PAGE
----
Another example, for clarity's sake: someone steals your car and you recover it within 20 minutes. Probably trespass to chattels. Someone steals your car and sells it to another person. Probably conversion.

Single Cause of Action?

Detinue is almost in complete disuse, so you in fact may not need to worry about it. Most jurisdictions have statutes for the recovery of personal property which have largely superseded detinue. Detinue is an action to recover personal property belonging to the plaintiff. Trover is an action for the recovery of damages for the wrongful conversion of personal property. Mixed in with all this is replevin, which is an action where a party seeks the return of an item that was taken wrongfully pending the final determination by the court of its true owner (maintaining the status quo until it's figured out who should be entitled to keep it).

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    Modern practice would not distinguish between replevin and detinue (BTW, the "plain English" name for both is "claim and delivery"). Conversion is in common use but is an intentional tort in some states and a strict liability tort in others, it overlaps with civil theft. I can't think of an occasion where I've ever pleaded trespass to chattles in 20 years (joy riding maybe?), but it is still a viable tort in some places. – ohwilleke Nov 29 '17 at 7:24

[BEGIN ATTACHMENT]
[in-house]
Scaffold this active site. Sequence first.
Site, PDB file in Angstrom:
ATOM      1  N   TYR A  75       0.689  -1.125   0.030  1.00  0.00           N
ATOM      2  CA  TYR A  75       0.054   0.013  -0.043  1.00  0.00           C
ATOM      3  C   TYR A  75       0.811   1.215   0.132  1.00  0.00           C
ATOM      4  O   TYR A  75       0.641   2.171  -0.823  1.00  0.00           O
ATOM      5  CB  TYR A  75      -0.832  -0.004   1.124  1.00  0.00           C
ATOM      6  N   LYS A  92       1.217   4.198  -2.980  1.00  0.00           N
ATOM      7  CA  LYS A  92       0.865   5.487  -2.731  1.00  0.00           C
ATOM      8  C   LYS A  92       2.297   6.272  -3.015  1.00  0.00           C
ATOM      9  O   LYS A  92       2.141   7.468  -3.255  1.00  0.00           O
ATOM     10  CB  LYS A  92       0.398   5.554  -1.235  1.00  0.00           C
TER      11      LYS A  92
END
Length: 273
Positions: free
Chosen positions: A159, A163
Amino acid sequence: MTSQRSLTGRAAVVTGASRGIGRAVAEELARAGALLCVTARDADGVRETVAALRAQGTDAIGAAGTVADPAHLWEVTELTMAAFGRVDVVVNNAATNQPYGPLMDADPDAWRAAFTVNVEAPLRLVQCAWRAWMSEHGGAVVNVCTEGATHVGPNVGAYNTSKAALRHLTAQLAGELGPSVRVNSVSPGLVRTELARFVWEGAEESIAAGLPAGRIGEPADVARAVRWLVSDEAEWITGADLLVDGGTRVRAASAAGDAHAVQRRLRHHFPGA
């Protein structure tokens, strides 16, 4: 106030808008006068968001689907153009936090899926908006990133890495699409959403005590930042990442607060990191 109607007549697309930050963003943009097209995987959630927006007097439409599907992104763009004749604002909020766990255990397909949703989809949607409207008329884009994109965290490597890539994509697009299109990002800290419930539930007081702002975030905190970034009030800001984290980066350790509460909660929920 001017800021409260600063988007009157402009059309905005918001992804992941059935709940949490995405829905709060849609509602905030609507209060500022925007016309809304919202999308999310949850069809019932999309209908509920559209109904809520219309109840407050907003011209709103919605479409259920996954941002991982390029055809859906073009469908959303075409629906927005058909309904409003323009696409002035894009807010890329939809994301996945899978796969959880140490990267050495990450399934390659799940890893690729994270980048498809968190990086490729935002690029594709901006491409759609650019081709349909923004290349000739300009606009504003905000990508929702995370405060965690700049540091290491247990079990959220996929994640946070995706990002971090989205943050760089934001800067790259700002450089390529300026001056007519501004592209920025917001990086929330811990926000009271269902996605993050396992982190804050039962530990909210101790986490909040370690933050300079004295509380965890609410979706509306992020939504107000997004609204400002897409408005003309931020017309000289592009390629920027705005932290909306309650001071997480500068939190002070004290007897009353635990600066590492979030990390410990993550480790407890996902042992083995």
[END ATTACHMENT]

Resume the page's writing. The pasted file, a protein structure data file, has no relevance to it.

• Interesting re: replevin/detinue. I knew it was not in common use, but not that it wasn't distinguished from replevin. Thanks for the input. And yeah, the example I was always given for trespass to chattels was joyriding in some neighbor's car. – A.fm. Nov 29 '17 at 7:29
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    In Colorado, replevin is codified in a court rule that gives it a broader definition than it had a common law. There is also an issue over whether temporary loss of use of chattle (i.e. loss of lease value) can still constitute conversion, reifying the temporary use of property as a property interest in and of itself. Civil theft which has a very broad modern definition of theft in Colorado, rather than the many fragmented common law offenses, also can fill the breach. – ohwilleke Nov 29 '17 at 7:44
  • @ohwilleke or A.fm. Can you address the remedy side of the equation? Because from what I have found so far (which is nothing authoritative or decisive – hence the question) it sounds like the remedy for conversion is limited to money compensation for the value of the property, whereas under a trespass it is the "damage occasioned by the interference." So if someone takes my $500 computer for a week, and as a consequence I am unable to earn $2000 in wages, I could recover only $500 pleading conversion (and have to let them keep the computer!) but $2000 pleading trespass? – feetwet Nov 29 '17 at 16:35
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    @feetwet The modern trend is to pretty much have a one size fits all damages rule for all tort cases. I would be very surprised to see a modern court limit conversion damages to only the value of the property. – ohwilleke Nov 29 '17 at 19:21